Technical Analysis

LME publishes independent review of the 2022 nickel market fiasco

The LME Group suffered a major black eye after it canceled trades after a short squeeze in the nickel market in March 2022 and a long-awaited independent review was released today, though it came far short of the detailed explanations that were hoped for.

The report starts out with a description of the short squeeze:

Large short positions had been built-up by a number
of participants – both on-exchange and on the OTC
market – well before March, ostensibly as part of
hedging programmes. By March 3, the rise in prices
across all metals, driven in part by Russia’s invasion
of Ukraine, had increased margining requirements
for metals producers and traders. The quality of liquidity
on the nickel market had also started to decline.

March 4 saw an initial price divergence between nickel
and other non-ferrous LME metals. Smaller physical
nickel producers and traders began to cover short
positions held in LME and OTC contracts. This appears
to have been the start of the short squeeze.

The price trend accelerated in early hours trading on
Monday, March 7. Reinforcing cycles of buying ensued
where rising prices led to market participants facing
rapidly growing margin calls, which prompted further
buying to reduce risk, which in turn drove further
price increases.

By market close on March 7, nearly 11,500 lots of
pre-existing short positions had been closed out and
the price had risen 69% from the last traded price on
March 4 to $50,300/t. Within a few hours of opening on
March 8, the price surged to over $100,000/t with the
continued closure of positions.

After that threshold was breached, the price fell back
around 20%, before trading was suspended at 08:15.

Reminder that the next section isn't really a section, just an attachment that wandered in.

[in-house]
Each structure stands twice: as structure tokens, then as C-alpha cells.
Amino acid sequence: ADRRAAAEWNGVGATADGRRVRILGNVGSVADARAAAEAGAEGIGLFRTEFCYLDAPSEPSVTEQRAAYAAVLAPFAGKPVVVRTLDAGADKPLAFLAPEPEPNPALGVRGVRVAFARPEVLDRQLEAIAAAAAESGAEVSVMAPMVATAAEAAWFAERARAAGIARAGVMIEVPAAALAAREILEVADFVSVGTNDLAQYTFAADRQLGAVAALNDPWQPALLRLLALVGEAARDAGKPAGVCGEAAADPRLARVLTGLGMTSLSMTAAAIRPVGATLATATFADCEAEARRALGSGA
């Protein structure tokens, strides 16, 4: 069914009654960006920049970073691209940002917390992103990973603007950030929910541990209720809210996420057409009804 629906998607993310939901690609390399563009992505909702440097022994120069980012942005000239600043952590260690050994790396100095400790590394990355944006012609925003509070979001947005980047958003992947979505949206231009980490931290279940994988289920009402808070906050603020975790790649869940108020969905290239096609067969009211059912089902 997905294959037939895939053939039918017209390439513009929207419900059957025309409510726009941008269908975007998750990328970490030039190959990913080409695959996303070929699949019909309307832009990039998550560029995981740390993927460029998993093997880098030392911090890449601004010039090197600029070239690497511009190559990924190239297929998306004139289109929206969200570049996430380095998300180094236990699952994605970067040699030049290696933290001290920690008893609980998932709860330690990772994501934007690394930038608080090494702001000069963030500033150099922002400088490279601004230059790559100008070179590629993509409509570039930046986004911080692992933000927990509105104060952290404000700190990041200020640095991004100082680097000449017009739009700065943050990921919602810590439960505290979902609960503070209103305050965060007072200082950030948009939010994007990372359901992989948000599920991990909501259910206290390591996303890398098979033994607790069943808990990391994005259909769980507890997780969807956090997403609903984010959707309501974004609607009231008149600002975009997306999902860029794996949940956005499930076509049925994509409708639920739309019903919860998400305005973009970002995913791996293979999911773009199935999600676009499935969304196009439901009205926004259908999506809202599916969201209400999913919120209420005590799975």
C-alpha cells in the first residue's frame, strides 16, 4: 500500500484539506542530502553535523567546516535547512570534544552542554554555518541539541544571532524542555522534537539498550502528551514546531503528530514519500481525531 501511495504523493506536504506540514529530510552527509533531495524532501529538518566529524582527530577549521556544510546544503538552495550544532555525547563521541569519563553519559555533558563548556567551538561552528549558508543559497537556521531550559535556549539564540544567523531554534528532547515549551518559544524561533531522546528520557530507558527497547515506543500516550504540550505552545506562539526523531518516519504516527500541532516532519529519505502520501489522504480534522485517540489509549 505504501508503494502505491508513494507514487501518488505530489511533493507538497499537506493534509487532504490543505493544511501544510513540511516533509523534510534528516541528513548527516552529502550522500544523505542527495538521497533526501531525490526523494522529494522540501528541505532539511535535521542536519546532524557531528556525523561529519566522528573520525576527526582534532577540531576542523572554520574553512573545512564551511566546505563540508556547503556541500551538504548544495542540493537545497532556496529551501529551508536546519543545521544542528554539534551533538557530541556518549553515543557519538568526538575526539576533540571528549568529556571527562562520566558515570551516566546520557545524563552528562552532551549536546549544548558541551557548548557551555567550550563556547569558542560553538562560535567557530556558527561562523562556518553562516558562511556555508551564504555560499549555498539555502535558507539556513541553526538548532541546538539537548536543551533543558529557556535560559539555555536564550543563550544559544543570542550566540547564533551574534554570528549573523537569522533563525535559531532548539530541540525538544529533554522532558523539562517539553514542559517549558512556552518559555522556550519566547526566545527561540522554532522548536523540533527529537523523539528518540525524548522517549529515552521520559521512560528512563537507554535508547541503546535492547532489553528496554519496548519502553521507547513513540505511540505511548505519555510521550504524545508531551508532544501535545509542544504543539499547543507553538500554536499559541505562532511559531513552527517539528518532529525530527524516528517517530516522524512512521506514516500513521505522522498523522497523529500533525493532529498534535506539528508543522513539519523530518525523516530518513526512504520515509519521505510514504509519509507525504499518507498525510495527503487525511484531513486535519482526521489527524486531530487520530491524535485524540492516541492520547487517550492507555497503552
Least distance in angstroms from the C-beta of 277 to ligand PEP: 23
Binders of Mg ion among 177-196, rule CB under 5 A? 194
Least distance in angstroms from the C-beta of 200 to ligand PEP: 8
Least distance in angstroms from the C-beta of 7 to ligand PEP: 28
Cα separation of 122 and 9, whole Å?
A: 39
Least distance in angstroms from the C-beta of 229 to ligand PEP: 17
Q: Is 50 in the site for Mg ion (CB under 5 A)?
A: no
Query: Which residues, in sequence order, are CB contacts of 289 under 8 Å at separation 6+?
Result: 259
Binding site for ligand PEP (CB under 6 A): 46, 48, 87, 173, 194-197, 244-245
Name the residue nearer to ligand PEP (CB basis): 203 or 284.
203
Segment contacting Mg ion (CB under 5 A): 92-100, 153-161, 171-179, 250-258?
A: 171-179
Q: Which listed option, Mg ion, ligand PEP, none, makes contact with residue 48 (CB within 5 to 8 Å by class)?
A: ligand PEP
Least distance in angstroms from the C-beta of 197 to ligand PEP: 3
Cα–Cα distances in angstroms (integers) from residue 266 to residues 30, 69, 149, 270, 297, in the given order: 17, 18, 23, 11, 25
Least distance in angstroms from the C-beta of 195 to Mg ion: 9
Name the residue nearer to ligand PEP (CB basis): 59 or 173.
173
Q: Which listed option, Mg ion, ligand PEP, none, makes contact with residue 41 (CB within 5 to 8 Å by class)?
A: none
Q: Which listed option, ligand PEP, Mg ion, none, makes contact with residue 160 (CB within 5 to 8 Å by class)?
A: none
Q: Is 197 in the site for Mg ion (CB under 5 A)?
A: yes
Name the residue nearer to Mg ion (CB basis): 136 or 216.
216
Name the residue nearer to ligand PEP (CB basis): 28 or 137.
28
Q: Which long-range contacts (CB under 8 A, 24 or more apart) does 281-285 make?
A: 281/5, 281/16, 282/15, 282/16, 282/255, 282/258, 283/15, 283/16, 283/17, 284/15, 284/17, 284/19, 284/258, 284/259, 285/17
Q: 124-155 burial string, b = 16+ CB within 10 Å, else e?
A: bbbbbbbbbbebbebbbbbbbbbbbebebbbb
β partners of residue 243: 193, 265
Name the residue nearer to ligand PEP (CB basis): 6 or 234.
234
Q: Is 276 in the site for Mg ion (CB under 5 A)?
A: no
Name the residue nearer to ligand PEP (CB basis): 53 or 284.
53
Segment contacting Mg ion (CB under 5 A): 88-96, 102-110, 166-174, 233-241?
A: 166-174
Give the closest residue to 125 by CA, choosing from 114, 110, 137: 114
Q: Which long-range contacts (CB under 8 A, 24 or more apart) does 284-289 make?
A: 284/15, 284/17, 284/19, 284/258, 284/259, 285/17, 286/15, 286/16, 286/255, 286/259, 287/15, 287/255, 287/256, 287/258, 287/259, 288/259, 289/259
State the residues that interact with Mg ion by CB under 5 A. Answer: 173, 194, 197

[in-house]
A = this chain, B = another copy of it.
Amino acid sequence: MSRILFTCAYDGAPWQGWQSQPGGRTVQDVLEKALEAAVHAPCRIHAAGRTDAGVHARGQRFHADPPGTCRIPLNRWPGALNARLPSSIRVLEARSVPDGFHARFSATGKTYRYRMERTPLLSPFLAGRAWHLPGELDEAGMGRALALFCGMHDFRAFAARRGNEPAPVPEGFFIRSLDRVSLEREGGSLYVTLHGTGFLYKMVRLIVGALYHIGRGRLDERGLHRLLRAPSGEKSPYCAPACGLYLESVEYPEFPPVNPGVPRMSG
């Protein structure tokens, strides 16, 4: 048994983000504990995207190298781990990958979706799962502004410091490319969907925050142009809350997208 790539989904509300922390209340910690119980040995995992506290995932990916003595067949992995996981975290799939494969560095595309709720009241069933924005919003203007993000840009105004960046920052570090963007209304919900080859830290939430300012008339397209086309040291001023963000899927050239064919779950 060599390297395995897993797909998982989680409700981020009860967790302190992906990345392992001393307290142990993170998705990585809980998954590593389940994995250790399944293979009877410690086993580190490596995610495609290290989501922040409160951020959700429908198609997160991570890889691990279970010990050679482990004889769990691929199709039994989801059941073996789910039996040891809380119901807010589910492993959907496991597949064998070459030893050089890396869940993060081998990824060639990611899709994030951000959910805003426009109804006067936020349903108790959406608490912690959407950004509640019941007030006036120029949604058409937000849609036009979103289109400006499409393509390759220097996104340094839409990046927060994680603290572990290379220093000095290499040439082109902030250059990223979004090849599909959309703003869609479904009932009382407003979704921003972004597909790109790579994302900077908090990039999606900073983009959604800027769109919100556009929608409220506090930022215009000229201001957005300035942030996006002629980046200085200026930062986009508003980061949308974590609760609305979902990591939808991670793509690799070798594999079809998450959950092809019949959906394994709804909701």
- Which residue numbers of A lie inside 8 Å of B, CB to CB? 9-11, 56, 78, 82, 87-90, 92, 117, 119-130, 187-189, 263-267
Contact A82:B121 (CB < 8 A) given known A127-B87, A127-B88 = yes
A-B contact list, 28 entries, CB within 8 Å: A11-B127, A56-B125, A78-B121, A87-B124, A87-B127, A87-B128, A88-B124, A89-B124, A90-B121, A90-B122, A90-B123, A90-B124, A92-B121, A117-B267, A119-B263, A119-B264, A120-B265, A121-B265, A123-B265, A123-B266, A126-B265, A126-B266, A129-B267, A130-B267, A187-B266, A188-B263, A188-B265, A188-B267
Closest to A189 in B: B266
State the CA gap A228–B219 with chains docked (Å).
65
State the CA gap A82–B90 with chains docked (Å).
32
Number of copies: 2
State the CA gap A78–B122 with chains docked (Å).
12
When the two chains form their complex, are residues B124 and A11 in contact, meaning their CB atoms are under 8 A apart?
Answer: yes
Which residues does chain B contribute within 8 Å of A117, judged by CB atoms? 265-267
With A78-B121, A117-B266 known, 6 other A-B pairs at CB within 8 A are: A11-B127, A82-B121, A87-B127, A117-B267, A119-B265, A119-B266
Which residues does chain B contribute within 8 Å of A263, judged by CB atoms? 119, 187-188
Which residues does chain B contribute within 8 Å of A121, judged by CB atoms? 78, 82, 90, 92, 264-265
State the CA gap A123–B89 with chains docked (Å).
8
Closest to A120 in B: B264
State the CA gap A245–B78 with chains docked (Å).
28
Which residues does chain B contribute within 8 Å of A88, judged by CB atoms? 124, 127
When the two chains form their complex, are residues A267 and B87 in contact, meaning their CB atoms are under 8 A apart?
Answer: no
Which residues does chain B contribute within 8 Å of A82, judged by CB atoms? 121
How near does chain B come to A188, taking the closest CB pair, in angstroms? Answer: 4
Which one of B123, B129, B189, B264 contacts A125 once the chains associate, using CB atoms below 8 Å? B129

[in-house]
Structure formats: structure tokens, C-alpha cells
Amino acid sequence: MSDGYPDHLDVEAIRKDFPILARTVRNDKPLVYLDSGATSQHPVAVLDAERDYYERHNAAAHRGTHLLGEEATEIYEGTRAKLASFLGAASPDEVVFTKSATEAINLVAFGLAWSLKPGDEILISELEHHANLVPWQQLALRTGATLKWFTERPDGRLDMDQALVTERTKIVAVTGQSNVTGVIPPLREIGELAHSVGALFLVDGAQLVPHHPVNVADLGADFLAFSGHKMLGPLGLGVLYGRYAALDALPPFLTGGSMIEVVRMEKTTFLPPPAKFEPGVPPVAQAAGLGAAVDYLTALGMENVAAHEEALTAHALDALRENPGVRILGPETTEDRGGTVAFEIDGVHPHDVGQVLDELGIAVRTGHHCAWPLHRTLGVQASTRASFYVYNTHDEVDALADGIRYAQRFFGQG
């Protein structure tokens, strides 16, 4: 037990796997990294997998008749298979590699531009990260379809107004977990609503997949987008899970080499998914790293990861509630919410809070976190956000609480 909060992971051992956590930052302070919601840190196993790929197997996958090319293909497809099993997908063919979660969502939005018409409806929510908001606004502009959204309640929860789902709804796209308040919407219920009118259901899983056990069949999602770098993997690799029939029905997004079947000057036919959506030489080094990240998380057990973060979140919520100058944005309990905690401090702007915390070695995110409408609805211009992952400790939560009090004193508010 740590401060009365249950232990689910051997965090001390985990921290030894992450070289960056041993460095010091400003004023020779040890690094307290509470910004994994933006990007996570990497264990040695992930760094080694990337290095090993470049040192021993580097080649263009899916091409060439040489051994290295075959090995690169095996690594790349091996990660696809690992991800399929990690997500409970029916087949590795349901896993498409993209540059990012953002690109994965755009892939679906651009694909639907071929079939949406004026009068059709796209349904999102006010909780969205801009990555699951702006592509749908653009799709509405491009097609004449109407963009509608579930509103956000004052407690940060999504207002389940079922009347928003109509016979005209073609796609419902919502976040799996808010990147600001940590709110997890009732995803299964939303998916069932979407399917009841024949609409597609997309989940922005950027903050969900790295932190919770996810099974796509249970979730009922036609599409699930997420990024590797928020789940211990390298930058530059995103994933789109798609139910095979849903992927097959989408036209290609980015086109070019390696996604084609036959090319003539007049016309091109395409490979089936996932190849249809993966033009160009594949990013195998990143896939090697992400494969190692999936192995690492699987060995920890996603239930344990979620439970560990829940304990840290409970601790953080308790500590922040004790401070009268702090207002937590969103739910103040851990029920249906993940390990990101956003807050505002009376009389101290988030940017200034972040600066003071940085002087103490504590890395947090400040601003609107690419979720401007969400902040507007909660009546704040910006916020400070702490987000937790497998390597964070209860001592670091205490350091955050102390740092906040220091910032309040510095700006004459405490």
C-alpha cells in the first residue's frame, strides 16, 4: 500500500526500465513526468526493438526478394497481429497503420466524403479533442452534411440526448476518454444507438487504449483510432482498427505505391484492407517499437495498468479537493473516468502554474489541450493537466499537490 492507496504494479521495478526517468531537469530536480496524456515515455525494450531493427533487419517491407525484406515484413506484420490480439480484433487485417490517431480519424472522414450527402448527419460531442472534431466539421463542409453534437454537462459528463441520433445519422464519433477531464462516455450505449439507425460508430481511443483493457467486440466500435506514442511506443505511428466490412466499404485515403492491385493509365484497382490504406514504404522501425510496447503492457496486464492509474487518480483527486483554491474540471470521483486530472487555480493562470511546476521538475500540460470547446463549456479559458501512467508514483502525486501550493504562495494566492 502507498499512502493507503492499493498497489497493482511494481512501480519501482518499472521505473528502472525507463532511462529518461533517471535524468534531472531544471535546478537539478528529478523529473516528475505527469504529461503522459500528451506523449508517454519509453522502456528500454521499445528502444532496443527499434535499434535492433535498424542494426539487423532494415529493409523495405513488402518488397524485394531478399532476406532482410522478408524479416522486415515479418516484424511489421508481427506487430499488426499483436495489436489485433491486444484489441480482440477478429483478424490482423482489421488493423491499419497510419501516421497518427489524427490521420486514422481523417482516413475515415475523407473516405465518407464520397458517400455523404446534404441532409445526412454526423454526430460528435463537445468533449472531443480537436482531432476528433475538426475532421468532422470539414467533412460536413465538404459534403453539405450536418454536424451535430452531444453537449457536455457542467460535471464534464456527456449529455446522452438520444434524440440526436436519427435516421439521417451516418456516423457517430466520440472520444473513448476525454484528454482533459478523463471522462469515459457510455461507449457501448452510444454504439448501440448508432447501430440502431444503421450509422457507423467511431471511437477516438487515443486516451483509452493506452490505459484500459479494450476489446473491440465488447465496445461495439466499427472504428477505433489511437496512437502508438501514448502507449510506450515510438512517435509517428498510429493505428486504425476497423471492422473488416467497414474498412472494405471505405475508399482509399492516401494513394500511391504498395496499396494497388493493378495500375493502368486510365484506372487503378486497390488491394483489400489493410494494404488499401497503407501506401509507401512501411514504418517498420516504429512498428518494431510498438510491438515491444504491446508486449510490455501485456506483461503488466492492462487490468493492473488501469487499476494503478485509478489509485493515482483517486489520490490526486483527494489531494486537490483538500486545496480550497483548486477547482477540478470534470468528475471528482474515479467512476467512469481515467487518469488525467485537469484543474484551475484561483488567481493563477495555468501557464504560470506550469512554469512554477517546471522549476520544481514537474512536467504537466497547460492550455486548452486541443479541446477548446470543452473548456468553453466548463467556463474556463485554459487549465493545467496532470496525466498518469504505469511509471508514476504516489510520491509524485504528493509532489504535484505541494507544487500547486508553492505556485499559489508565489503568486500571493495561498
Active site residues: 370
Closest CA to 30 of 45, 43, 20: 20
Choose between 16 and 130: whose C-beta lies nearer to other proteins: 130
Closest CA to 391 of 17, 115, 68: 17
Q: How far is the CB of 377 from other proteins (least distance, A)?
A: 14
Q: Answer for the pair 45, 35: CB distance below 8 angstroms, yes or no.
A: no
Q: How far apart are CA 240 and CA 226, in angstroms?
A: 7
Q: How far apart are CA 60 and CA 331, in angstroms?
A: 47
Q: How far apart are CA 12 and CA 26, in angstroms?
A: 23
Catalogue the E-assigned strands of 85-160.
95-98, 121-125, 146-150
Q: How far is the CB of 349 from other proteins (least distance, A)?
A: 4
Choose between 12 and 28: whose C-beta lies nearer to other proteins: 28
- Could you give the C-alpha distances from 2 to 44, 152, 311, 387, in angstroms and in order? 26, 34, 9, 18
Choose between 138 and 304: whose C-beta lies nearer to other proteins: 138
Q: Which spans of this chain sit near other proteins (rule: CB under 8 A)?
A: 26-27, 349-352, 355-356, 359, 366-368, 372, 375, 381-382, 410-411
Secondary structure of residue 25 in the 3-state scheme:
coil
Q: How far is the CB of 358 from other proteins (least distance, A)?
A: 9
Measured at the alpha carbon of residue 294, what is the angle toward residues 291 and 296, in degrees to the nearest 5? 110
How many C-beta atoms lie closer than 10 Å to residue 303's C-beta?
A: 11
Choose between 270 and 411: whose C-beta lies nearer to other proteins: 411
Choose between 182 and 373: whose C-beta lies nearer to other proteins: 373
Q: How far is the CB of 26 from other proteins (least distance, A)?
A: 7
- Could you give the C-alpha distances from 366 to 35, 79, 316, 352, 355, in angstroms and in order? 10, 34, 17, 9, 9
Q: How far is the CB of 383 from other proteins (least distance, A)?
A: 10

Between March 4 and March 8, nearly $16bn in margin
calls had been met by LME members.

During the closure, trades were reversed in an embarrassing mess that’s badly damaged the LME’s reputation.

The report goes onto say that its scope doesn’t “did not look at decision-making and governance at the LME Group” which is really the heart of the matter, as it’s widely believed that the LME’s parent company in Hong Kong stepped in to protect nickel magnate Xiang Guangda.

It highlights that the LME was unable to identify and address large, short positions as they were built-up. It also recommends upgrading volatility controls, including price limits.

The detailed recommendations appear to get to the heart of the matter:

Apply strict rules for any hedging exemption to LME position limits. Exemptions should consider the financial resources of the participant and governance of the hedging policy, as well as the ‘physical exactness’ of the hedge in terms of e.g., geographical locations, prompt dates, the price basis used in physical contracts, and deliverability.

The report doesn’t address this but Xiang was likely given exemptions because his company was hedging physical production via hedging sales. However the grades of his nickel didn’t match LME standards and he didn’t have the financial resources to meet margin calls. This should have resulted in the liquidation of his positions.

Interestingly, a report yesterday highlighted that Xiang is building and converting facilities to further refine his Class 2 nickel to spec, which would mitigate the risk and allow his company to capture the basis between the grades, which is shown here.

Overall, this report is a bit of a whitewash that makes a mockery of the term ‘independent’.

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